Letter to U.S. Senate on FY2007 Federal Budget Resolution, March 3, 2006

March 3, 2006

Dear Senator:

As Congress takes on the annual duty of shaping and adopting a budget, I urge you once again to give priority attention to the needs of poor and vulnerable people both here and around the world. As President of the United States Conference of Catholic Bishops, I want to remind you that budget decisions reflect not only economic policies, but moral choices as well.  When setting national priorities, the Congress should seek genuine bipartisan commitment focusing on the common good of all, and especially the essential needs of the poor and vulnerable.

Providing an adequate safety net for poor and vulnerable families at home and promoting human development in poor countries are both fundamental moral obligations of a responsible society. These must not be neglected as Congress addresses essential priorities like homeland security and the defense of our nation, which can only be enhanced by wise investments to protect human life and dignity at home and abroad. We ask that you support maximum budget authority in those accounts that fund programs to assist poor families and vulnerable children.

One of the basic functions of government is to raise sufficient resources so that it can undertake efforts to promote the common good. When the basic requirements of human life and dignity for many in our country and throughout the world go unmet, it is essential that adequate federal revenues be available to help meet these basic needs. The deficits, which result from inadequate revenues, can be justified as a necessary response to serious circumstances. However, if government continues to spend far more money than it takes in year after year, it could seriously limit its ability to meet our moral obligations to respond to basic human needs now and in the future. Any new tax proposals should be evaluated in that light before being adopted.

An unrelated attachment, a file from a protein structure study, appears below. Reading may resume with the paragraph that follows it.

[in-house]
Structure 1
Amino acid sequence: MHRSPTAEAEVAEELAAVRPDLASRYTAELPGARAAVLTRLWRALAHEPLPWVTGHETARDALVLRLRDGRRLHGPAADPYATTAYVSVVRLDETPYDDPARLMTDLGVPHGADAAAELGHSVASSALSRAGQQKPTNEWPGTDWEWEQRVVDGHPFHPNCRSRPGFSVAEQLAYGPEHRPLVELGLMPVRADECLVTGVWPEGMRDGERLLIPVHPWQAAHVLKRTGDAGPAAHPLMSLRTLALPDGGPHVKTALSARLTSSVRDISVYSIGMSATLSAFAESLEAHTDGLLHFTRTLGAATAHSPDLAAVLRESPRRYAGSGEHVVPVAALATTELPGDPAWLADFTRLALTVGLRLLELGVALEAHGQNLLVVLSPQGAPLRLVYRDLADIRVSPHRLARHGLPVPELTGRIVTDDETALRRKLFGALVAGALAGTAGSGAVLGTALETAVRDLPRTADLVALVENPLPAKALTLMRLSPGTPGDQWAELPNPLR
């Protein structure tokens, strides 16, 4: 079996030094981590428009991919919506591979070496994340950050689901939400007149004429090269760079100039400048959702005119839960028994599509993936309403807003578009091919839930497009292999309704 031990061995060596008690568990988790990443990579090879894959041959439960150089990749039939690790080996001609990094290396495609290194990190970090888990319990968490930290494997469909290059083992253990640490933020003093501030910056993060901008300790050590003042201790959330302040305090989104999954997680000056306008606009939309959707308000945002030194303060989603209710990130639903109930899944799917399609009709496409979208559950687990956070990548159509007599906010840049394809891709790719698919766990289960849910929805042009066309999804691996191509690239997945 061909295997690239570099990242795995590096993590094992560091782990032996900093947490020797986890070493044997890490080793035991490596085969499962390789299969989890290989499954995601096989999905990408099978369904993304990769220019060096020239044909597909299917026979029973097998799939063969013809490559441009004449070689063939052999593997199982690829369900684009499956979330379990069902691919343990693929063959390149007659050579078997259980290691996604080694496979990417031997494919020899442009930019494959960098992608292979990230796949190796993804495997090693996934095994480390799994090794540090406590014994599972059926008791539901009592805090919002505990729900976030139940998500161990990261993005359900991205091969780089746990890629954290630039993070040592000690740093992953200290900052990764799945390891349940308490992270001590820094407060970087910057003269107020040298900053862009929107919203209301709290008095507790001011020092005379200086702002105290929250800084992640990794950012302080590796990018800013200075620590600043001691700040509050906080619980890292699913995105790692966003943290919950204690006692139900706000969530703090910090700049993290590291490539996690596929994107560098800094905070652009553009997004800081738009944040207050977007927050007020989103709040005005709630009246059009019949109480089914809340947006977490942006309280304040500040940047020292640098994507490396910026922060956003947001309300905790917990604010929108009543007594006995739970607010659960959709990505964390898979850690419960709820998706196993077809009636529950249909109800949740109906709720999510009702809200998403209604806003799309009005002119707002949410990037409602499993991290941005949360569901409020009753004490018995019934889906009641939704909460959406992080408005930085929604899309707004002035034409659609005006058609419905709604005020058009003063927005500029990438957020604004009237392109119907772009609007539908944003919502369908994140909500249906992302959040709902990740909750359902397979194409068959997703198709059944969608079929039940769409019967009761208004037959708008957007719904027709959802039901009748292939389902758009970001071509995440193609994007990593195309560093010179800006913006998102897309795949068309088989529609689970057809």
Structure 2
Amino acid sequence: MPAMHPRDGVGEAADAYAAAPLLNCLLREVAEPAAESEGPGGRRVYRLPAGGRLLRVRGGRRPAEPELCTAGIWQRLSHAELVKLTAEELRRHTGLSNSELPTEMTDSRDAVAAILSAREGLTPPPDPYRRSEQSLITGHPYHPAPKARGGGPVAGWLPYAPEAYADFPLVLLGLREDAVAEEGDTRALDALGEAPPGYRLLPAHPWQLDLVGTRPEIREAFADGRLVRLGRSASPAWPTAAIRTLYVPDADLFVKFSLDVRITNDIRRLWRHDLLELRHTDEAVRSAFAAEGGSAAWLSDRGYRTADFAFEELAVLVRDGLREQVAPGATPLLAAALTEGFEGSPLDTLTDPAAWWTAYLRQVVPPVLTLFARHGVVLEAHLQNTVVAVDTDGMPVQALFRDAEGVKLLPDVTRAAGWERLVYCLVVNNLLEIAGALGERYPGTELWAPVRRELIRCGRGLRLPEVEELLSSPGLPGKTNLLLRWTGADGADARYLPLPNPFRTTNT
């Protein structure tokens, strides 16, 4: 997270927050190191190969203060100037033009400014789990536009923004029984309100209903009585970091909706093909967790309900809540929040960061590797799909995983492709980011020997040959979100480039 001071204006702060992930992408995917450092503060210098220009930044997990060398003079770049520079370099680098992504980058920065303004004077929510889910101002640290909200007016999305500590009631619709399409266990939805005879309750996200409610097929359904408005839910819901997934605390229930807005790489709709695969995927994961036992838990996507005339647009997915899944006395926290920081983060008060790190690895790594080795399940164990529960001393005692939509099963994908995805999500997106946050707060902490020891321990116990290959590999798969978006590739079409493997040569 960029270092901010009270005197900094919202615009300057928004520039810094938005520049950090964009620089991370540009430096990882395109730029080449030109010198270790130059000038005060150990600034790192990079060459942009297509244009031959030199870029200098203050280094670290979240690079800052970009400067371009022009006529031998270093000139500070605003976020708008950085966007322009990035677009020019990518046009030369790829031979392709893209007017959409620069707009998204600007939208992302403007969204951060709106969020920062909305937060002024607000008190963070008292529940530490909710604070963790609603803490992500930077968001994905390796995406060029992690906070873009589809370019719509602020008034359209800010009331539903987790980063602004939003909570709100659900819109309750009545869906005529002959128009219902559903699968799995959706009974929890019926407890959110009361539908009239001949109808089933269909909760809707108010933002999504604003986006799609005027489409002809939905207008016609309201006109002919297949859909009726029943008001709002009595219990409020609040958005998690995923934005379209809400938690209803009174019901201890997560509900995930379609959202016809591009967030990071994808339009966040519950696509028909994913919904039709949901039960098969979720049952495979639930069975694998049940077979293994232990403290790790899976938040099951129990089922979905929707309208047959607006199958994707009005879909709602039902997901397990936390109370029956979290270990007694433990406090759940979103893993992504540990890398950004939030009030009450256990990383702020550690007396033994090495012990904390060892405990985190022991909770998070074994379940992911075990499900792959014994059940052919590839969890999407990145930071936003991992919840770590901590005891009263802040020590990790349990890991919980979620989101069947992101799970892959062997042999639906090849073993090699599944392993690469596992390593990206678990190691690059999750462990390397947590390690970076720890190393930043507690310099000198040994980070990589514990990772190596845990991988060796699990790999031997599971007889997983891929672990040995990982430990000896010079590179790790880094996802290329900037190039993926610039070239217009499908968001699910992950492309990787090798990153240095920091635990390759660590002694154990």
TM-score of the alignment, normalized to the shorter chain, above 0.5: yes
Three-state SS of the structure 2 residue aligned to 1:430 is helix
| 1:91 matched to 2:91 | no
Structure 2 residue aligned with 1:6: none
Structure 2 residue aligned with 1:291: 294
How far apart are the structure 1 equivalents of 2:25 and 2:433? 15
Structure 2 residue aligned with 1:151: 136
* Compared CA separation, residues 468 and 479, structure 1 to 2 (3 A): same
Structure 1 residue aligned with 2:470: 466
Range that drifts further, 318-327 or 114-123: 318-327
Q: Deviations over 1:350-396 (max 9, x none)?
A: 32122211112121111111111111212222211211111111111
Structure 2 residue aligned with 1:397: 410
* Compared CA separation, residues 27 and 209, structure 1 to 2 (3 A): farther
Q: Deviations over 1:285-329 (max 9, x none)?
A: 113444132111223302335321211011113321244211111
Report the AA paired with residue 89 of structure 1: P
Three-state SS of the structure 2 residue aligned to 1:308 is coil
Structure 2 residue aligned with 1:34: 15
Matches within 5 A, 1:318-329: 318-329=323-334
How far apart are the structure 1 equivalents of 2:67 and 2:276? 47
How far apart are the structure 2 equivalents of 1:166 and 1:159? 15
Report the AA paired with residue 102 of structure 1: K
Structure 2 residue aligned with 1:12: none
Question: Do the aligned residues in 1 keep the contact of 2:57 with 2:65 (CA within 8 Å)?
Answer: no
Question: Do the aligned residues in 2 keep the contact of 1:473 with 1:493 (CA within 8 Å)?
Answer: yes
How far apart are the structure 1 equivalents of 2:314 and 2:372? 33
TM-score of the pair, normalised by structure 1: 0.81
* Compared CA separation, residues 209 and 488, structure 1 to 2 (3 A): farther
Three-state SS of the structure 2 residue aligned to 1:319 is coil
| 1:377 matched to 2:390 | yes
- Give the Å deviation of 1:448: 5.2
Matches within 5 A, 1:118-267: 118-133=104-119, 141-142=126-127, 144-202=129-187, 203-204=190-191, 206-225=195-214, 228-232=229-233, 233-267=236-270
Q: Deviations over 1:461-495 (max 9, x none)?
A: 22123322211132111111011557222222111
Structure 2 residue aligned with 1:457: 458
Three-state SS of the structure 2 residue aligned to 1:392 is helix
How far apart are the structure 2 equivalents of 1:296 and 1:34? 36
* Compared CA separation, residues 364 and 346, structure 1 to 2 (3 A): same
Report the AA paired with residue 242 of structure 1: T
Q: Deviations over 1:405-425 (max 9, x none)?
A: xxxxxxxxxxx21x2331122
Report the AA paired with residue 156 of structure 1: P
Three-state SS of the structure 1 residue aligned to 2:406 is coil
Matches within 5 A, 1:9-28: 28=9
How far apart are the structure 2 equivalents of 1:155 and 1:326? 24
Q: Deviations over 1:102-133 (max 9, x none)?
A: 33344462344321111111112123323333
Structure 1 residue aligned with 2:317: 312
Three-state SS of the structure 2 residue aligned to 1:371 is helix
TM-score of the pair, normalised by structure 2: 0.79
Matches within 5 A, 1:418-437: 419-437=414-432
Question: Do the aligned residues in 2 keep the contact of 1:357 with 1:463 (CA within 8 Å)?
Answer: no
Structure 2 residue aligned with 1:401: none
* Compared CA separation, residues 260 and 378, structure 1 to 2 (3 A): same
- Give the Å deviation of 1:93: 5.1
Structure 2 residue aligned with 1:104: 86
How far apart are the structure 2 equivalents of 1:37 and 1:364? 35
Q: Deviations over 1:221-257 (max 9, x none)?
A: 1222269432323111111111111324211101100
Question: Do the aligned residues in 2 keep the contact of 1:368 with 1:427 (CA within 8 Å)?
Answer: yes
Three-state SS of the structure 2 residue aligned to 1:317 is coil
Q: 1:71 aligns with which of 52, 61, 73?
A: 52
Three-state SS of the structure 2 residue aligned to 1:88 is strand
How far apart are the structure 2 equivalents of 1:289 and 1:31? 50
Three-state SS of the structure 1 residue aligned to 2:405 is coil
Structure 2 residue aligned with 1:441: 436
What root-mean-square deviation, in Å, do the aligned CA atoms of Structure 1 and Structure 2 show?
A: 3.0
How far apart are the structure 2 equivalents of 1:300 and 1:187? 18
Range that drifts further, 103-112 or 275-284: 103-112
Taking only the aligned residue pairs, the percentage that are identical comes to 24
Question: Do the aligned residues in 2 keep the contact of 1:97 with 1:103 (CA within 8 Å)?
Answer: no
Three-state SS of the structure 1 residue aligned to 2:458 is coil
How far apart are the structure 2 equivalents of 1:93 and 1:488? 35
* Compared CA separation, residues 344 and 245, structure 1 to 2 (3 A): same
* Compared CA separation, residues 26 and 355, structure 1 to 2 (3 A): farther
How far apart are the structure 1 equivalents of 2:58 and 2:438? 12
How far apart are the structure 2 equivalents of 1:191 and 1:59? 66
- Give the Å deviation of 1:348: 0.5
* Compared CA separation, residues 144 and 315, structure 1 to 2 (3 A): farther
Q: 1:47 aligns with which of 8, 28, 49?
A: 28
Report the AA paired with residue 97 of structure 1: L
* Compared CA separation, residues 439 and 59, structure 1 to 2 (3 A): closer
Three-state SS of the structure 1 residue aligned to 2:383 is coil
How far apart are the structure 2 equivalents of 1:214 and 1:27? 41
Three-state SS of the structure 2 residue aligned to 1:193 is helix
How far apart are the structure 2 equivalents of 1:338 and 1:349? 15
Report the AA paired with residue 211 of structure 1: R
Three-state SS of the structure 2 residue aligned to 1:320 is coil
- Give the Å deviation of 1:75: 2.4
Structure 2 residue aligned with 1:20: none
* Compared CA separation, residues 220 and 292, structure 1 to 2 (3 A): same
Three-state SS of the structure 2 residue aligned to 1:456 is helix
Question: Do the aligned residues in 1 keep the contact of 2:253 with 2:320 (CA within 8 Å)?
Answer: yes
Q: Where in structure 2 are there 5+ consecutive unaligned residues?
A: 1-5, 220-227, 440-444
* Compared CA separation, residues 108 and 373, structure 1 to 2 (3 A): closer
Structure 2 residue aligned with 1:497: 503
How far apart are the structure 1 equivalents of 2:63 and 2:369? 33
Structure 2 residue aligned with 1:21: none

More specifically, Congress should shape and adopt a budget ensuring that adequate funding is available to help families escape joblessness, move beyond welfare, choose education for their children, gain needed health care coverage, and overcome hunger and homelessness. Our nation also has inescapable international responsibilities that clearly include increased investments in promoting peace, security and international development. In a globalized economy, stronger and more effective responses to the development and health needs of the poorest people on earth, like those in Africa, and our efforts to assist and protect refugees are moral imperatives.

In his new Encyclical, God is Love, Pope Benedict XVI reminded us that: "The just ordering of society and the State is a central responsibility of politics....Justice is both the aim and the intrinsic criterion of all politics. Politics is more than a mere mechanism for defining the rules of public life: its origin and its goal are found in justice, which by its very nature has to do with ethics. The State must inevitably face the question of how justice can be achieved here and now." (#28)

As pastors and teachers, we are convinced that a fundamental moral measure of our nation's budget policy is whether it enhances or undermines the lives of those most in need.  Unfortunately, political and economic pressures frequently leave poor children and families missing in the national debate and without a place at the table when decisions are made.  These are tough times with few easy choices, but there are some right choices. In a time of war, mounting deficits, and growing needs, our nation's leaders must ensure that there are adequate resources to protect the lives and dignity of people who are poor and vulnerable both here at home and around our world.


Most Reverend William S. Skylstad
Bishop of Spokane